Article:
Word Nerd Wednesday – Repentance


Welcome to Wednesday, word nerds! Today’s word won’t be new to most (if not all) of you, but I’ve had occasion to give it some thought this last week. First of all, Psalm 51 came up in our Bible reading several days ago—King David’s psalm of repentance after the prophet Nathan confronted him over his sin with Bathsheba. I can never read this psalm without hearing the beautiful and deservedly well-known musical setting by Gregorio Allegri, known as Miserere Mei in Latin. If you’ve never heard it before, I highly recommend listening to at least the first two minutes of this performance by the Choir of Claire College, Cambridge. It’s simply sublime and somehow conveys both the weight of David’s regret and the beauty of his heart crying out to God. ❤

But I digress…

A day or two after reading Psalm 51 as part of our daily reading, I had cause to confront my children over something. I had a fairly good idea who would turn out to be responsible, and so I asked said child if they knew what had happened. The immediate response was to burst into heart-wrenching sobs. I have to confess I was a little surprised, because the first reaction from this particular child at being confronted is normally anger and defiance. It wasn’t even a particularly serious offence in and of itself—but it was something he’s been asked several times in the past not to do, and so he knew he’d been disobedient.

I can’t tell you how it stirred my heart to see such genuine remorse. It was both beautiful and painful at the same time. After a moment, I climbed up onto the bed and comforted him while he sobbed it out. He still had to face some consequences, of course, but he freely acknowledged he deserved those consequences. Eventually, we prayed together, had another hug, and he went to sleep—hopefully feeling cleansed from the inside out and knowing how much he was loved.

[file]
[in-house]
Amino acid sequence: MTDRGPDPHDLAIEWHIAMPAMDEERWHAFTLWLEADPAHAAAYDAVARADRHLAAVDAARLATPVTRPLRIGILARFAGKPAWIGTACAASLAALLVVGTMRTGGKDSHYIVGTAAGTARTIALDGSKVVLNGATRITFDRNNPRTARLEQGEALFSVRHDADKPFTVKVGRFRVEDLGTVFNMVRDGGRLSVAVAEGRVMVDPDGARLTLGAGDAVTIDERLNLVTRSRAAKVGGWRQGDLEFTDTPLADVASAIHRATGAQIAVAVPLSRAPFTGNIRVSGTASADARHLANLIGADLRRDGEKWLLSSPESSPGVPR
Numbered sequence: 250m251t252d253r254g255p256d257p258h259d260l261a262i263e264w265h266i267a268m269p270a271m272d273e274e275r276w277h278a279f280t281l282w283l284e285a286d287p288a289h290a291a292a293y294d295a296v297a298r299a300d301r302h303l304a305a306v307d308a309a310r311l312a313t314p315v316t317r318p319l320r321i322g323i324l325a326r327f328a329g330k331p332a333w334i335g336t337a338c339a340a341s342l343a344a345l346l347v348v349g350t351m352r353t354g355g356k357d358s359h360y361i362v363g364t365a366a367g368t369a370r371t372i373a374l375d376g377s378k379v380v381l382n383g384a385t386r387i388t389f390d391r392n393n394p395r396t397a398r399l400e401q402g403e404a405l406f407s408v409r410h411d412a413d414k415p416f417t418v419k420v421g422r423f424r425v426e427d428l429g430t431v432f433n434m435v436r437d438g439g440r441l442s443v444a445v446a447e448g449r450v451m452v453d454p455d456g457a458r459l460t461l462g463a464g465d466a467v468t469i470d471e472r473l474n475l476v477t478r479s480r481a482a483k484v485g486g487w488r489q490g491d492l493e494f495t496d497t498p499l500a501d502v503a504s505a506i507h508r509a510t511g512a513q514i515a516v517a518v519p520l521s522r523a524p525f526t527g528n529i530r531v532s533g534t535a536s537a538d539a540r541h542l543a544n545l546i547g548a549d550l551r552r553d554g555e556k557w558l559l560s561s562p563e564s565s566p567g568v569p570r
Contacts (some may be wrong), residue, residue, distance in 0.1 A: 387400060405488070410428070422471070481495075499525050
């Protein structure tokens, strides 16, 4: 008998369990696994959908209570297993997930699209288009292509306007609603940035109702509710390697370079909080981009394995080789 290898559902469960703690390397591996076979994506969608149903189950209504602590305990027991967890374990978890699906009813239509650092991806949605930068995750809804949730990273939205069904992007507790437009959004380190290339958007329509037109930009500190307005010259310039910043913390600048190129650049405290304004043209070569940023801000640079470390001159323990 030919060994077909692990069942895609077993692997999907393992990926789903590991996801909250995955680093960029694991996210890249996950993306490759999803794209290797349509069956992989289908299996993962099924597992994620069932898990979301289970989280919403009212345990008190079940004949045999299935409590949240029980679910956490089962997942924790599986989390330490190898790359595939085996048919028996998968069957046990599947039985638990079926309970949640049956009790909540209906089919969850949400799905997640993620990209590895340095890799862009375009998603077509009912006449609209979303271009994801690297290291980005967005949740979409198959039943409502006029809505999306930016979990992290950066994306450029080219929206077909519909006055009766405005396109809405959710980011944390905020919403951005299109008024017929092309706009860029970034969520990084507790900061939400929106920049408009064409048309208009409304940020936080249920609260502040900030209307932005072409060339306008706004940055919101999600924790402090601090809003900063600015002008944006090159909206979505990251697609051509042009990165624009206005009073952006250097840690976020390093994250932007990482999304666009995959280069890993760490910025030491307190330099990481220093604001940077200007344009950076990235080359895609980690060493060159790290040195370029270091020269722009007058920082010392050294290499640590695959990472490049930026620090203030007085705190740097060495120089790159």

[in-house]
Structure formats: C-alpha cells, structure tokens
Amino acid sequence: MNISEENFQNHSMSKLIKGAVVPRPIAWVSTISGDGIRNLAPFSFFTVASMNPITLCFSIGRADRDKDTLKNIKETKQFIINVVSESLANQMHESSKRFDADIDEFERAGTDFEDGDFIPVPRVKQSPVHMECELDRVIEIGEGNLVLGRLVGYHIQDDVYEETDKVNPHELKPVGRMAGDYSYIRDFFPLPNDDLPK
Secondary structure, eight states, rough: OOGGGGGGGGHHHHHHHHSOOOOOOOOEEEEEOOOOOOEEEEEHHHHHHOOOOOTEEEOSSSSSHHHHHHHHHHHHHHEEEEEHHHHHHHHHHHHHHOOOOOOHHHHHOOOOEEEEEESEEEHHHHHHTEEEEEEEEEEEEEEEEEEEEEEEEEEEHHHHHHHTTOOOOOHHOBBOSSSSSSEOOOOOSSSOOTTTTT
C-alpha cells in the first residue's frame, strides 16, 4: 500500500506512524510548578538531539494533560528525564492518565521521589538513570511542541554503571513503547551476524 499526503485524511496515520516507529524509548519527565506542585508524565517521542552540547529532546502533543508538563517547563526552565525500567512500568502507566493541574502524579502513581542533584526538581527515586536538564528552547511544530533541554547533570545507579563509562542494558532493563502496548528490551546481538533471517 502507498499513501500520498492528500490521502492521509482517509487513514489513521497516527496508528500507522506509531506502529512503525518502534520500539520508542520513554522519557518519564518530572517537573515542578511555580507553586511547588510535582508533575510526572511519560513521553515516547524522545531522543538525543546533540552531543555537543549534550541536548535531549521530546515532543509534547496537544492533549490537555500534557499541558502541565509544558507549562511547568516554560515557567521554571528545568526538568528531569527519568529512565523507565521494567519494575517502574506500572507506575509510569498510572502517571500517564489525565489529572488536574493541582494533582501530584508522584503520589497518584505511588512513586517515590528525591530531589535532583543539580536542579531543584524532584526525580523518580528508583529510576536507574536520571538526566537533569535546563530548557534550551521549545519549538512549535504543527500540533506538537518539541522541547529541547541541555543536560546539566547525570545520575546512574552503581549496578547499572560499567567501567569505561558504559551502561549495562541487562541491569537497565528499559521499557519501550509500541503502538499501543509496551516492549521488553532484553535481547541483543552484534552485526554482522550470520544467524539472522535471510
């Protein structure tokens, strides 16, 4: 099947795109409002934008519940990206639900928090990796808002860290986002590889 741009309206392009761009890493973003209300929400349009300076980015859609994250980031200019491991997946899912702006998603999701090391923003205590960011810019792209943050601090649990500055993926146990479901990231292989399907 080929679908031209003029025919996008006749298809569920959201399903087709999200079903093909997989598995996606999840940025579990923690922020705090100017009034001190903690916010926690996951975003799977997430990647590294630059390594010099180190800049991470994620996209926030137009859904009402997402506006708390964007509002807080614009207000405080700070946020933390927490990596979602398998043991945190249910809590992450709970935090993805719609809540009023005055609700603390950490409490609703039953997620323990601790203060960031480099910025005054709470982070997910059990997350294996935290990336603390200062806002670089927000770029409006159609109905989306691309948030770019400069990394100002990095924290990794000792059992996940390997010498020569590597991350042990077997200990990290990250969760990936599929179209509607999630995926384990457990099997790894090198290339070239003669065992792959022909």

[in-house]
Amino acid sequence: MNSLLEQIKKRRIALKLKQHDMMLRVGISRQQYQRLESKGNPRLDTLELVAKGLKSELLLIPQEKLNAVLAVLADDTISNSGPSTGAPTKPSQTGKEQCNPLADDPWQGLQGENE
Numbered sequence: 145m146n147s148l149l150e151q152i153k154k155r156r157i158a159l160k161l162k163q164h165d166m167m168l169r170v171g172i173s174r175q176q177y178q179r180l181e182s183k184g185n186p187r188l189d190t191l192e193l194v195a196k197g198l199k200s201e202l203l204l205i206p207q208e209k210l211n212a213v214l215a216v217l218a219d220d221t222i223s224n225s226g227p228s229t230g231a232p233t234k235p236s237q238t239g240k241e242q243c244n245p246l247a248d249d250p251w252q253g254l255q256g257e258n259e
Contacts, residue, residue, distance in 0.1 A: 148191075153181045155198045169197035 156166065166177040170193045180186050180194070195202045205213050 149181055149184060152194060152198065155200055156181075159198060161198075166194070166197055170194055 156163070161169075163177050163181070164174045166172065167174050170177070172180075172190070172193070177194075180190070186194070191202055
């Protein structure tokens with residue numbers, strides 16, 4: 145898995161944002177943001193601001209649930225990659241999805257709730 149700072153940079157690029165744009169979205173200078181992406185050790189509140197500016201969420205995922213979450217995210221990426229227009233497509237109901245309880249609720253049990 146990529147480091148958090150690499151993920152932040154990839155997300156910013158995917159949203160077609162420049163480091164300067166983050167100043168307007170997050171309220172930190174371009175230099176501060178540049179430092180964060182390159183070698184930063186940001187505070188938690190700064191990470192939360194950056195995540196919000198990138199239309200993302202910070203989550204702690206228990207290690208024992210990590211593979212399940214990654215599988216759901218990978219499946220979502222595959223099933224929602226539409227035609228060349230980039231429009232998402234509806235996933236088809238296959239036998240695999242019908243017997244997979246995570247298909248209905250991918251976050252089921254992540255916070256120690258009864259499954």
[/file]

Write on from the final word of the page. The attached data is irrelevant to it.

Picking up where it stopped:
And all of that got me thinking about the word repentance. The word itself comes from the Latin word paenitere which means to cause regret. We also get words such as penance and penitent from the same root. The re- at the beginning of repentance simply intensifies it, a little bit like saying ‘really’ in English.

But here’s the interesting thing about the word repentance. While the word itself may have come to us from the Latin, the concept it represents was originally expressed in either Hebrew or Greek, in the Old and New Testaments respectively.

The Hebrew word most often translated as repent is the word nacham, which, according to my Strong’s Concordance, means to make a strong turning to a new course of action. The most interesting thing about this word, though, is that it is most often used to describe God’s actions toward mankind! For example, when Moses interceded on behalf of the Israelites after they made the golden calf, the King James Version says (Ex 32:14) And the LORD repented of the evil which he thought to do unto his people.

In the New Testament, it is the Greek word metanoia—a word that describes a change of mind or purposethat is translated as repentance. The New Testament writers took this one step further, exhorting people to a change of heart—to turn away from sin (recognise it for what it is and forsake it) and to turn towards God.

And at this point, we come full circle, because what does it look like to turn away from sin and turn towards God? David gives us the answer right in Psalm 51: My sacrifice, O God, is a broken spirit; a broken and contrite heart you, God, will not despise. (v 17)

Witnessing my son’s broken and contrite heart over his sin the other night gave me a taste of the compassion God feels towards us when we come to him in our brokenness. And yet how often do we resist that brokenness until it’s forced upon us? How long would my son have carried that burden if I hadn’t questioned him? And the most strangely beautiful part of it all is the bond that forges ever deeper between myself and my child in those moments. There is something so powerful about being loved when we are at our most vulnerable, our most undeserving.

May you feel the power of that love today. ❤

About Fiction Aficionado

Homeschooling mum, word lover, reader extraordinaire, and follower of Christ
Image | This entry was posted in Logophilia, Word Nerd Wednesday and tagged , , . Bookmark the permalink.

Leave a Reply

Fill in your details below or click an icon to log in:

WordPress.com Logo

You are commenting using your WordPress.com account. Log Out /  Change )

Google photo

You are commenting using your Google account. Log Out /  Change )

Twitter picture

You are commenting using your Twitter account. Log Out /  Change )

Facebook photo

You are commenting using your Facebook account. Log Out /  Change )

Connecting to %s

This site uses Akismet to reduce spam. Learn how your comment data is processed.